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Whitehall officials have been holding discussions with business leaders about widening the use of mobile testing units at offices and factories around the country. As an incentive, bosses could be told their premises may be able to remain open during local lockdowns as long as staff are regularly tested to curb the virus being spread at work.
Business leaders have backed the move as long as the Government bears the brunt of the cost.
Edwin Morgan, acting head of the Institute of Directors, said: “The big question is who pays for it. “If larger companies want to do it voluntarily then great. If you’re a small company, and lots of them still aren’t in fantastic shape, then it’s a lot harder,”
Adam Marshall, director-general of the British Chambers of Commerce said: “We are supportive of the ramp-up of testing if that helps businesses avoid blanket future lockdowns.”
A standard test to check for coronavirus infections costs around £100. As a result, only a few employers have so far introduced regular tests for staff.
They include Formula One, football’s Premier League and several City of London finance firms.
Ministers hope the costs will plunge following the growing investment in scientific research to tackle the pandemic.
Their discussions about widespread workplace testing following concerns that economic recovery from the coronavirus lockdown is being held back because too many employees are continuing to work from home.
The Government has dropped official advice to work from home if possible but has stopped short of encouraging employees to return to offices amid continuing nervousness about a second wave of the disease.
A number of banks and other financial institutions have told staff not to return to offices until next year. Thousands of civil servants are also continuing to work from home.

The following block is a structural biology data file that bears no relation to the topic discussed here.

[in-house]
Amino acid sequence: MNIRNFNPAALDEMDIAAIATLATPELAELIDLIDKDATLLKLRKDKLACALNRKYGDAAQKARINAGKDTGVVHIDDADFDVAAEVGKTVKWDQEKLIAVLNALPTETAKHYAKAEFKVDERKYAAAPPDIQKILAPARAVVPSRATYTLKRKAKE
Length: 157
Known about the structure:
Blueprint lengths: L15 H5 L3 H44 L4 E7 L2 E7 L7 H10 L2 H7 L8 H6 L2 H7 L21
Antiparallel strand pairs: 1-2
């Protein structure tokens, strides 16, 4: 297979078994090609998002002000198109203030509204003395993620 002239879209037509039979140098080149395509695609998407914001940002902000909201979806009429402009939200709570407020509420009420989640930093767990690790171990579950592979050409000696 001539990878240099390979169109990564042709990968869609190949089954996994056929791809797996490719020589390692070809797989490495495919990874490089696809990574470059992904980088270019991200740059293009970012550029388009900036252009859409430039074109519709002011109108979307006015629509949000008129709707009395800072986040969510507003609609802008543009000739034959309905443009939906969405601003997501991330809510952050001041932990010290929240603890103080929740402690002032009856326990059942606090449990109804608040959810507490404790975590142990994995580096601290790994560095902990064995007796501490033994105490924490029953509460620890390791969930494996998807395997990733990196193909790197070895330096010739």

Business Secretary Alok Sharma yesterday said employers need to show “flexibility” when considering whether staff should return to the workplace.
Speaking to BBC Radio 4’s Today programme, he said: “There is a flexibility and a discussion that needs to take place between employers and employees.
“And I think it’s really important that employers do the right thing by their staff, and actually very many of them are doing that.”
He added: “The advice that we issued has changed, so up until relatively recently we’ve said you should work from home if you are able to; what we’ve now said is that you should talk to your employer about coming back into the workplace.
“Different organisations are coming to different arrangements and showing some flexibility. Some businesses are saying that employees should spend part of the time in the office, part of the time at home.
“So I think that’s what we want to see, that flexibility, that co-operation between employers and employees going forward.”
Health Secretary Matt Hancock is drawing up a plan dubbed “Project Moonshot” to drastically increase testing across the country. Last week, he announced his desire to eventually achieve “population-wide testing”.
His target of 500,000 tests by October is set to increase to 800,000 by January.
Ministers are also hoping to introduce new saliva tests that are easier to use than swab tests.
A Downing Street spokesman said: “We have through the pandemic increased our capacity to test for COVID and we have always been clear that we will continue to increase capacity.”
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